Through its draft Startup India Action Plan, the Government has indicated its commitment towards a conducive ecosystem for startups. Continued from our previous post in this series, the new norms for eligible enterprises are as follows:
It is mandatory for government departments and public sector units to procure at least 20% from the micro and small organizations. The rule that came into effect from April 1, 2015 was designed to create greater opportunities for micro and small enterprises (MSE). Extending this benefit in the manufacturing sector, the Startup India Action Plan exempts new units from the mandatory criteria about prior experience and turnover for public tenders.
However, the companies will still need to demonstrate the capability to execute the project they apply for. They will also need to have an owned manufacturing facility in India. In addition, the parameters for quality and technical requirements under the tenders will remain unchanged.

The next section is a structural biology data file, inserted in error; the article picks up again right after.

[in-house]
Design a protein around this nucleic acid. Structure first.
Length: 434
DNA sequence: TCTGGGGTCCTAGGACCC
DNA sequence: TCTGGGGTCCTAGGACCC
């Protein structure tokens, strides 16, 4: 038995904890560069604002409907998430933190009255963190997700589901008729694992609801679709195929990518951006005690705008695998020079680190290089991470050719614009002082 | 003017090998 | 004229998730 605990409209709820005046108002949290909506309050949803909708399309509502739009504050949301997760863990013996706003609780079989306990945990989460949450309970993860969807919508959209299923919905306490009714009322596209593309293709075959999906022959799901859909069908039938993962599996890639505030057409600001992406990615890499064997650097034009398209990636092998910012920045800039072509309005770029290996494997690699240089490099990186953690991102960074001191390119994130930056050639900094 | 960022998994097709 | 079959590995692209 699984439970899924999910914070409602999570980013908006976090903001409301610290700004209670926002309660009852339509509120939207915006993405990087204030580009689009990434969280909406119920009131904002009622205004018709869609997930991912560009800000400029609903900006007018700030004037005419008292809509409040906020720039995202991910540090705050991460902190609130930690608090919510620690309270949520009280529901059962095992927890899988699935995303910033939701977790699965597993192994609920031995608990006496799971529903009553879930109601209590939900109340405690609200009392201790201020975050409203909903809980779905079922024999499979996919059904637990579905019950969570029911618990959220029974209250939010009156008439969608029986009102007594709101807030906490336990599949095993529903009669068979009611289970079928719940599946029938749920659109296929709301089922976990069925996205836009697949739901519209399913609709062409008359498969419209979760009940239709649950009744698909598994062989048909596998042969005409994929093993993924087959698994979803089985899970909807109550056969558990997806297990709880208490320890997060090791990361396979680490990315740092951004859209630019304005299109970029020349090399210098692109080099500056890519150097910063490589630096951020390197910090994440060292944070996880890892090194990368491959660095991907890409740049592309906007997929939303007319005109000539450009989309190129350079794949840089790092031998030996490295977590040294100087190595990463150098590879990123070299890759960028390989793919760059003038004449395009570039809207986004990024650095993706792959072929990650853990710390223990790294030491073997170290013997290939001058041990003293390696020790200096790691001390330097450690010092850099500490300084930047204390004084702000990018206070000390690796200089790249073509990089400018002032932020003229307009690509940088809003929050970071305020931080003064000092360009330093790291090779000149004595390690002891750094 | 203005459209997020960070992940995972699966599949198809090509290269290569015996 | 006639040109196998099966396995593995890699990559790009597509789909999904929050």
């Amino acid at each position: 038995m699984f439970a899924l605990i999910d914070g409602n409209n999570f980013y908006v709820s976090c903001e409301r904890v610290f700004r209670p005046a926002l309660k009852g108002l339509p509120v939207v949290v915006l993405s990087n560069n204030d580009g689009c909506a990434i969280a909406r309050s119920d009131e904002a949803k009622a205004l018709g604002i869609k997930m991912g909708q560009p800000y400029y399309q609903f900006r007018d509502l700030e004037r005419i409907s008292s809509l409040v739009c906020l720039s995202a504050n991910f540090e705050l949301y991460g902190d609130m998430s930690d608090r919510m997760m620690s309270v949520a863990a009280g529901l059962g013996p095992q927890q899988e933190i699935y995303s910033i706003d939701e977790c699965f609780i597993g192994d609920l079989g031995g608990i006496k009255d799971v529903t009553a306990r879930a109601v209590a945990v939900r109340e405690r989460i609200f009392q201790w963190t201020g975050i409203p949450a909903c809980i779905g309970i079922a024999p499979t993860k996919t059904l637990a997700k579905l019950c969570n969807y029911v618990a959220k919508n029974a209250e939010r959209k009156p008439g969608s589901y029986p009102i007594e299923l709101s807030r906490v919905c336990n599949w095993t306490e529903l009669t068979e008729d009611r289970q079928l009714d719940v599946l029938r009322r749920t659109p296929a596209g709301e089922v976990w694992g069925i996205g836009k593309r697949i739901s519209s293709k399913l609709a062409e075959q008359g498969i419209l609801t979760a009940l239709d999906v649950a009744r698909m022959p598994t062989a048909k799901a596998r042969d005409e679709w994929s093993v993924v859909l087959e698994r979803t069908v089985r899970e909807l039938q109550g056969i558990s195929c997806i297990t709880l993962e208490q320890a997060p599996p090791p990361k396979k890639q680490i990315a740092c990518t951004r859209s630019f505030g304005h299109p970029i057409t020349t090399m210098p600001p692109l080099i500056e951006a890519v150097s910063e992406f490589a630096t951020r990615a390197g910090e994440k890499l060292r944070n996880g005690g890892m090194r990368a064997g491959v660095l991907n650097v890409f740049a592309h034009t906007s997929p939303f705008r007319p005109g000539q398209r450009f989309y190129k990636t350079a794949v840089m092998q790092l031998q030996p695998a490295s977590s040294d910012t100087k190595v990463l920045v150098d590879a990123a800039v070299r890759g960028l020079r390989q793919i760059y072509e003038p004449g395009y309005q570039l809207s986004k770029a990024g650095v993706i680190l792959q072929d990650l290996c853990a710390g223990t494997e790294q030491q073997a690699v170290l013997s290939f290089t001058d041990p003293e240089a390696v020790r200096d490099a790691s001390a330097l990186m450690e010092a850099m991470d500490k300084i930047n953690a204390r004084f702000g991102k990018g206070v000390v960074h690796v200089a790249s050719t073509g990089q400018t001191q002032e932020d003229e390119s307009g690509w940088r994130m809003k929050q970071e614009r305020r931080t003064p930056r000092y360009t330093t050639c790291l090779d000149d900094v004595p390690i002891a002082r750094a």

Acknowledging the high failure rate among startups, the Government proposed a fast-track liquidation process through the Insolvency and Bankruptcy Bill in 2015. The entities will be able to wind up within 3 months from the date of application to this effect. This period may be extended only if at least 75% of the financial creditors agree.
A licensed professional will be appointed to manage the insolvency resolution process (IRP), taking control of the firm’s assets and liabilities as a liquidator. S/he will be responsible for the fast closure and repayment to creditors within 6 months of appointment.